Category Archives: Self-Advocacy

Wanna Make a Comic Book? My Invite, Please RSVP

Are you                Yup, I’ve whitewashed this blog post with a secret message! We’re going

Ready?                 to play a game, too. What kind of game? Well, I already gave you a clue…

Grab your pencils, and let’s do this thing!

Have you ever seen a white raven? If you saw a dozen ravens, how many would be white? 100 ravens? 1000 ravens? Hempel’s Paradox highlights problems of understanding based on faulty observations. In turn, these observations skew our perception of reality. Despite our best efforts, you and I are unlikely to see an albino white raven living in the wild, but they DO exist.

Like the Spanish Inquisition, nobody expects a white raven.

I want to change this social perception. Pffft- I know next to nothing about birds, though. I do, however, have personal and professional understandings about autism, mental health, and comic books. In hindsight, that’s an odd set of tools, huh?

If you have autism or mental health challenges, YOU are my audience. I contend few of us are published artists or writers. When I wrote a simple comic book, I received a disproportionate amount of media and scientific attention. In my mind, writing a comic book as an autistic adult shouldn’t have been international news. I was a white raven in the minds of too many people.

Since it’s Autism Awareness Month, I want to acknowledge how many of us need and still seek positive affirmations from family, friends, loved ones, and society in general. One way we may accomplish this is to do something spectacular and unexpected.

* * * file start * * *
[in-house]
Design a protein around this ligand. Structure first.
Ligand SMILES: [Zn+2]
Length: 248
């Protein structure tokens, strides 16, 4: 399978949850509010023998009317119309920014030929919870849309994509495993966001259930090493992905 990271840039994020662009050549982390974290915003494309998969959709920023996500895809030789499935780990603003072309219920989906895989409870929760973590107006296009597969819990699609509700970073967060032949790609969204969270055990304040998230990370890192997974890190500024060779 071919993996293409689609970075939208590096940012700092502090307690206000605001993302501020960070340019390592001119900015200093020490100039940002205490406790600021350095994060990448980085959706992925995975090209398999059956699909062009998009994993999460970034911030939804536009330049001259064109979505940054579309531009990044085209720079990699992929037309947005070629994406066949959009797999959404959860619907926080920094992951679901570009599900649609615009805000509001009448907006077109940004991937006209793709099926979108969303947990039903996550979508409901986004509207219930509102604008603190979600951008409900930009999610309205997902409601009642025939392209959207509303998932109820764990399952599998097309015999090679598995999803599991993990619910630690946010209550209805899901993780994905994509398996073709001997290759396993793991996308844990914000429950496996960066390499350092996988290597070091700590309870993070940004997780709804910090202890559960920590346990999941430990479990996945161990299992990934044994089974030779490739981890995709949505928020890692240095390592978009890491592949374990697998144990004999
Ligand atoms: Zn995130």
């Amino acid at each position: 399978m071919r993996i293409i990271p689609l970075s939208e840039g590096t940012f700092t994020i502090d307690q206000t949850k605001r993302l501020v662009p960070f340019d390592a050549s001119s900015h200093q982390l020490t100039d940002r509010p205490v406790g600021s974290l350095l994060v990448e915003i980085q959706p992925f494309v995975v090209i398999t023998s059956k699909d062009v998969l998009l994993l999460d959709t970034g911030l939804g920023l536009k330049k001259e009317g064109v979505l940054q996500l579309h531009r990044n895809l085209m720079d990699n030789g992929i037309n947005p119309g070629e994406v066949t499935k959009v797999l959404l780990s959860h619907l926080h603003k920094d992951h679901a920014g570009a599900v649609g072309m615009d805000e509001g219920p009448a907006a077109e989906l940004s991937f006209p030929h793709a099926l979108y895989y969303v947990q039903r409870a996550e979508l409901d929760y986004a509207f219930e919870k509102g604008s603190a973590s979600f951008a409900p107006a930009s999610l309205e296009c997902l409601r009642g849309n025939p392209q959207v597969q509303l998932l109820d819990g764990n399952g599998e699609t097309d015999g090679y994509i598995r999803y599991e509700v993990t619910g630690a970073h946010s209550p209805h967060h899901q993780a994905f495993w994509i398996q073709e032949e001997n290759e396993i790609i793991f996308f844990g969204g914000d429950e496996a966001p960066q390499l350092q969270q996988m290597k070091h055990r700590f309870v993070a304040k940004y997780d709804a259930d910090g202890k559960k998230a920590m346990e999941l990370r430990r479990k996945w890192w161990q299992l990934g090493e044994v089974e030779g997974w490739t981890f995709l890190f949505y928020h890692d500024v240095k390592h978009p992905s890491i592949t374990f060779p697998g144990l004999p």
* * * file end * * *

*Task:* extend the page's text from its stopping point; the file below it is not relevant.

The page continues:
Let’s make a comic book(s) together.

(As much as my health permits me,) This week, I’ll be posting some submission guidelines. First, I want to make something crystal clear: I don’t care about an “official” diagnosis. I won’t be asking you for health or insurance information to “prove” yourself. I like you just as you as are, and encourage you to be your best self. Be kind. Be mindful. Be well-read. Be considerate of others’ points-of-view.

My goal is to help build up the confidence and self-worth (not ephemeral ‘self-esteem’) of the next generation of comic book artists and writers. To this end, I’m proposing a comic book anthology of short stories made by our audience at Face Value Comics. Our team will provide editing advice, tips to overcome writers’ block, and content suggestions for no financial charge. I envision a comic book of ?? pages, with art and stories by other “white ravens.” I want the unseen to be seen. I want those of us with autism and mental health to grow as budding professionals deserving of recognition for our talents and attempts. We acknowledge how comic books are a multi-million dollar industry so our collective efforts may become more than idle busy work.

So, is this something of which you’d like to be a part? Please openly share this message with other social media channels. We welcome input and content from like-minded friends. The world already knows me. Let’s use this recognition to open doors for other new talents.

Oh- here’re my initial thoughts of the project:

  1. Pick a real-life historical “culture.” Examples may include, but are not limited to- British Knights, Celts and Vikings, Aztecs, Maori, Maasai, and more. How “historic” is historic? How about this idea: a high school student should be able to write an informative research paper about this group with citational references. In other words, don’t give knights laser guns (yet).